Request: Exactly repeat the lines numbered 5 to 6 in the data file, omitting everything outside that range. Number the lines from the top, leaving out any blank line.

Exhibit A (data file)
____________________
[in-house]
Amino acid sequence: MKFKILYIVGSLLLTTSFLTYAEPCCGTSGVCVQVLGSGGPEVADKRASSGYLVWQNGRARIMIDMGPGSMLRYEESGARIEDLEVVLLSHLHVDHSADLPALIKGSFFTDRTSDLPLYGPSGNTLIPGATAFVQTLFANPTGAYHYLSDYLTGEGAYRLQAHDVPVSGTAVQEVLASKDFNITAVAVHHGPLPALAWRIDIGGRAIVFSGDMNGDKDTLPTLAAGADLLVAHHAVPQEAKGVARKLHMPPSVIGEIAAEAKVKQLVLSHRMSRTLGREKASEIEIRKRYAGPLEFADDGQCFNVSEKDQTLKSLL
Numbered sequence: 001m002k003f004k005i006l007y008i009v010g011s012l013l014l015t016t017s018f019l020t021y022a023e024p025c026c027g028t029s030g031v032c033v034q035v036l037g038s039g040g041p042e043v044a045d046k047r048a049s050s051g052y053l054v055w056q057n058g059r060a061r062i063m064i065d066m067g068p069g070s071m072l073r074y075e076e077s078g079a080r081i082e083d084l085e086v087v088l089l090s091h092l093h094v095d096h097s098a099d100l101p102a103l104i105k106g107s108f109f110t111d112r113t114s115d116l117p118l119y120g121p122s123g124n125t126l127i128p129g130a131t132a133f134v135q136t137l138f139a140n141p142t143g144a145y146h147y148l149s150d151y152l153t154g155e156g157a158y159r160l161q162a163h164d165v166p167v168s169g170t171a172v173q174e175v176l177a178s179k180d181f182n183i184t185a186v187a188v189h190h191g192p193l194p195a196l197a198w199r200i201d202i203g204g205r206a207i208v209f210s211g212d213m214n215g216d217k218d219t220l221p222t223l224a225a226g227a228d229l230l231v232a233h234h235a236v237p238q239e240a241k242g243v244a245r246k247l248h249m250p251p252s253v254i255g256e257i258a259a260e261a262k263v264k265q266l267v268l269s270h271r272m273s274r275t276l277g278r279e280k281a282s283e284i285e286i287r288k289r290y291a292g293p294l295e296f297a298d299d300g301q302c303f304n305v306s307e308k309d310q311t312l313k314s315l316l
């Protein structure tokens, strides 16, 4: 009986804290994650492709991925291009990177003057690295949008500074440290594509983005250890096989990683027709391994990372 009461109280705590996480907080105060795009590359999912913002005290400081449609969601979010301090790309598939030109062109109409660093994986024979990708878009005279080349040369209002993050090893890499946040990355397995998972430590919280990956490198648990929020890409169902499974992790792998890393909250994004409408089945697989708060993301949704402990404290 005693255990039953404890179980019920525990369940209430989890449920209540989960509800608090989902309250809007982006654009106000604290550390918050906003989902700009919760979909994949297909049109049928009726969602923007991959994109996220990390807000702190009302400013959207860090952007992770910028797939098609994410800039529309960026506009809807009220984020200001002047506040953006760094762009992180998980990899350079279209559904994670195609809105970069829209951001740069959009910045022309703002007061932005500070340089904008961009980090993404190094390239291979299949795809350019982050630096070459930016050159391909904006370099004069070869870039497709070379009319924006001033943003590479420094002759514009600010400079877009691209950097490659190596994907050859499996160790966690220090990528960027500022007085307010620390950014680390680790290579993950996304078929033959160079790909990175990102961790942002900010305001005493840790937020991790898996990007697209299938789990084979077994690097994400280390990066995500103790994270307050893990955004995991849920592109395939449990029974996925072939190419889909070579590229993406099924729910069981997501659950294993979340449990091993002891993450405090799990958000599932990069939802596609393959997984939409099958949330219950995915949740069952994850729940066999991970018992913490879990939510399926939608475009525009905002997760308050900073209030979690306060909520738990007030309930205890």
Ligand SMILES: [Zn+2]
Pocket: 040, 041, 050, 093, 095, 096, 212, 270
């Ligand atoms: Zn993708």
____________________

Ligand SMILES: [Zn+2]
Pocket: 040, 041, 050, 093, 095, 096, 212, 270